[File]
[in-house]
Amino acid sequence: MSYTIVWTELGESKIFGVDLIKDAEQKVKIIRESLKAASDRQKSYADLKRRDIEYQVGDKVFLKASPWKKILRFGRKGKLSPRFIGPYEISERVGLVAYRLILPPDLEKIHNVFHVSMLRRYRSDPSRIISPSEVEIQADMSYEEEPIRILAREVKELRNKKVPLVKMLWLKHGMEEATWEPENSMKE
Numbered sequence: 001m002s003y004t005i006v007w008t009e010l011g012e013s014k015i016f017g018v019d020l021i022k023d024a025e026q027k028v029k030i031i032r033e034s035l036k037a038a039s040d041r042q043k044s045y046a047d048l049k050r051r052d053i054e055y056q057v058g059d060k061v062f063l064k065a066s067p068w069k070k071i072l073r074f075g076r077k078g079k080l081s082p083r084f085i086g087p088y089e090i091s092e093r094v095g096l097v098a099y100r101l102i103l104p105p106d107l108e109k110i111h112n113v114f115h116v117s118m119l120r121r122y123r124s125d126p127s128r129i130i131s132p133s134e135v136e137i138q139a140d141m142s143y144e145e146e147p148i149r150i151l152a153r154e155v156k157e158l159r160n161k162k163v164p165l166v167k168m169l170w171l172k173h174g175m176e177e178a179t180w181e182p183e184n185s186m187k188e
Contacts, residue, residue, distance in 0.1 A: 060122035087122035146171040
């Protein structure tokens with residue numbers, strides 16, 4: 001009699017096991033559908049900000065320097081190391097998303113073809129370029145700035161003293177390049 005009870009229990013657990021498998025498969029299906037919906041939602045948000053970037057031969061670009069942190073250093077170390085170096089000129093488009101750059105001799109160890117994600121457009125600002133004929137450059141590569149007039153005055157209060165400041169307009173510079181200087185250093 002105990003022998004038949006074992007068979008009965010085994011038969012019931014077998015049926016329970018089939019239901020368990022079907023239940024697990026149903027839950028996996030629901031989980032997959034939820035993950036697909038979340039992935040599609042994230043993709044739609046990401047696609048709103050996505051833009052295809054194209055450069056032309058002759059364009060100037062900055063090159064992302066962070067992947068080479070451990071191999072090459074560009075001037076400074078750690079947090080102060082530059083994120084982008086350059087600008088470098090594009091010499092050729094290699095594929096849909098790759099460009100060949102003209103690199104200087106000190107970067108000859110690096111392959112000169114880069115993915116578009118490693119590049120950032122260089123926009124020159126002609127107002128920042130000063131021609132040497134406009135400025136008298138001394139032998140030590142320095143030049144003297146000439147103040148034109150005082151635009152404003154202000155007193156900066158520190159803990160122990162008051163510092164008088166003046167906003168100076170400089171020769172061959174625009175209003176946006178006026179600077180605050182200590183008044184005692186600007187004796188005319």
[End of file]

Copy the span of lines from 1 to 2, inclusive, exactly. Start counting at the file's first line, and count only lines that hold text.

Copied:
[in-house]
Amino acid sequence: MSYTIVWTELGESKIFGVDLIKDAEQKVKIIRESLKAASDRQKSYADLKRRDIEYQVGDKVFLKASPWKKILRFGRKGKLSPRFIGPYEISERVGLVAYRLILPPDLEKIHNVFHVSMLRRYRSDPSRIISPSEVEIQADMSYEEEPIRILAREVKELRNKKVPLVKMLWLKHGMEEATWEPENSMKE